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AB1251-HPR Young Adults Preferences on Content and Structure of Patient Education in Rheumatic Diseases
  1. B. Jakobsen,
  2. I.R. Nilssen
  1. Norwegian National Advisory Unit on Pregnancy and Rheumatic Diseases, St. Olavs Hospital, Trondheim, Norway

Abstract

Background Inflammatory rheumatic diseases are characterized by pain, stiffness, fatigue, reduced functioning and reduced wellbeing, and can consequently affect patients in their everyday life.

Young people with rheumatic disease have to deal with the normal challenges that comes with their age, such as starting an education, adjusting to working life, relating to friends, family and partners, and handling physical and emotional changes; in addition to coping with their rheumatic disease. These patients may therefore have other preferences to patient education then other patient groups.

Objectives The objective of this quality project was to gain insight in young patient's preferences of perceived educational needs before planning a patient education program based on our findings.

Methods The participants (N=20) were patients with an established rheumatic disease aged 18-25 years visiting the rheumatology outpatient clinic at St. Olavs Hospital from June to December 2014. All patients were asked to answer a questionnaire regarding preferences on content and structure of a patient education program. The questions were:

  • Are you interested in participating in a patient education program for young adults?

  • What time of the day and duration of the program would you prefer?

  • Which topics would you like to have in a program?

  • Why would you participate in a patient education program?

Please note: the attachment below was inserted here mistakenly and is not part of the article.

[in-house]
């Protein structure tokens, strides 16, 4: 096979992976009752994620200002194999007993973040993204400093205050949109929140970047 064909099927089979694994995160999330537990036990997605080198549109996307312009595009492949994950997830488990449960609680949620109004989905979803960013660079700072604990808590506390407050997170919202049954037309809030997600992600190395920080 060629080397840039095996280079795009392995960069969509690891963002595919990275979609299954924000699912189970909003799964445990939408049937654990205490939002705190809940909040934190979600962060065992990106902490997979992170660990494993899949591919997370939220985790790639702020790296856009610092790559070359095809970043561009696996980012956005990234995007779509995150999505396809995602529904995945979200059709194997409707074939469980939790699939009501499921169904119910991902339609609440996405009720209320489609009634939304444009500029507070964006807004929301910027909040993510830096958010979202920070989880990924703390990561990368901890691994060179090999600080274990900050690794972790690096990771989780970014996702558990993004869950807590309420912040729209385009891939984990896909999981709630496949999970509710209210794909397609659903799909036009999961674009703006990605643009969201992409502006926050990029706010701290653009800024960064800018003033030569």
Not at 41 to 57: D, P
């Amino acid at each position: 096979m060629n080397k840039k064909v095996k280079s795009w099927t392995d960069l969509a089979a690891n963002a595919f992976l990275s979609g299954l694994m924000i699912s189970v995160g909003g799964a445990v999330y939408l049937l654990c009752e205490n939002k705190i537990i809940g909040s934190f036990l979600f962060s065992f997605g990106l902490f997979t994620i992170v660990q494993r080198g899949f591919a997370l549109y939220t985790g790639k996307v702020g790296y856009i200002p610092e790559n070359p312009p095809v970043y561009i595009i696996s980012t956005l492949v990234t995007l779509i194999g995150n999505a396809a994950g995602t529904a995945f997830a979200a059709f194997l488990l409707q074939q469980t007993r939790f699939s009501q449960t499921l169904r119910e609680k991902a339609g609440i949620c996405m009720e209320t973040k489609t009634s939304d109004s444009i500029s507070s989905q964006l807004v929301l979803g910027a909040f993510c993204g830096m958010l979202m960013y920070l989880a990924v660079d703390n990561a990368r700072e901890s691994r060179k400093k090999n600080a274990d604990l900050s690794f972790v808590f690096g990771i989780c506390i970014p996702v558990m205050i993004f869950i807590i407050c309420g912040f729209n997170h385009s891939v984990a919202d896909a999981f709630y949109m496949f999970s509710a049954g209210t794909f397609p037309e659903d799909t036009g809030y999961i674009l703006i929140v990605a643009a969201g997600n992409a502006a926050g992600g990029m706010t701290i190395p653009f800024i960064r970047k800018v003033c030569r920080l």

All questions had boxes to tick, and on the question on topics, the patients could also write other topics then the ones listed. Patients were able to tick more than one box on each topic.

Results 95% of the patients wanted to participate in a patient education program for young adults. 42% preferred an organization with two meetings in the afternoon lasting for 4 hours each. The patients wanted the topics to be: Diet (60%), to live with a chronic rheumatic disease (55%), social benefit rights (50%), physical exercise (45%), hearing other young adults experiences (40%), pregnancy (35%), disease information (35%), adaptive equipment's (25%), sex and intimate relationships (20%) and information about patient organizations (10%).

55% answered that the most important for them if they were to participate in an education program would be learning more about how to live with their rheumatic disease, 45% said that meeting others with a rheumatic disease was important and only 20% meant that learning more about the rheumatic disease itself was most important.

Conclusions To develop a patient education program for young adults, it is important to know the patients preferences. From this questionnaire we learned that patients were interested in an educational program targeted specifically at young adults. Their main focus is to learn more about how to live with their disease in a best possible way, and meeting others with the same disease to learn from each other.

Disclosure of Interest None declared

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